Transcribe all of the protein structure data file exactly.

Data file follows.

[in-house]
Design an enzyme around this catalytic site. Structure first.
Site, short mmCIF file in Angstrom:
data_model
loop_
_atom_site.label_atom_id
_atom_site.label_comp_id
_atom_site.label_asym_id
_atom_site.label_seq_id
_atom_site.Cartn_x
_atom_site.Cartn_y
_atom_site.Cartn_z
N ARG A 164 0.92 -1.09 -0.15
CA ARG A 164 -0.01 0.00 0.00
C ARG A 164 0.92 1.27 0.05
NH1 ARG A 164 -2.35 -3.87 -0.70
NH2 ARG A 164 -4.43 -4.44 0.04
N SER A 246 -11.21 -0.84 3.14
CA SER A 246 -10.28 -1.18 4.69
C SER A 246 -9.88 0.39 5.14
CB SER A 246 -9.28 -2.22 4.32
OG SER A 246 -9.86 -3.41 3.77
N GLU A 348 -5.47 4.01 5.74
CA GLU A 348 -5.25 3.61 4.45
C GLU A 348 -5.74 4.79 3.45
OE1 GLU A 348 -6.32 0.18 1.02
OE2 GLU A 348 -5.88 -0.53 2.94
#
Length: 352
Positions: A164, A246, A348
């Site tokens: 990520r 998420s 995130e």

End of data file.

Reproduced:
[in-house]
Design an enzyme around this catalytic site. Structure first.
Site, short mmCIF file in Angstrom:
data_model
loop_
_atom_site.label_atom_id
_atom_site.label_comp_id
_atom_site.label_asym_id
_atom_site.label_seq_id
_atom_site.Cartn_x
_atom_site.Cartn_y
_atom_site.Cartn_z
N ARG A 164 0.92 -1.09 -0.15
CA ARG A 164 -0.01 0.00 0.00
C ARG A 164 0.92 1.27 0.05
NH1 ARG A 164 -2.35 -3.87 -0.70
NH2 ARG A 164 -4.43 -4.44 0.04
N SER A 246 -11.21 -0.84 3.14
CA SER A 246 -10.28 -1.18 4.69
C SER A 246 -9.88 0.39 5.14
CB SER A 246 -9.28 -2.22 4.32
OG SER A 246 -9.86 -3.41 3.77
N GLU A 348 -5.47 4.01 5.74
CA GLU A 348 -5.25 3.61 4.45
C GLU A 348 -5.74 4.79 3.45
OE1 GLU A 348 -6.32 0.18 1.02
OE2 GLU A 348 -5.88 -0.53 2.94
#
Length: 352
Positions: A164, A246, A348
């Site tokens: 990520r 998420s 995130e």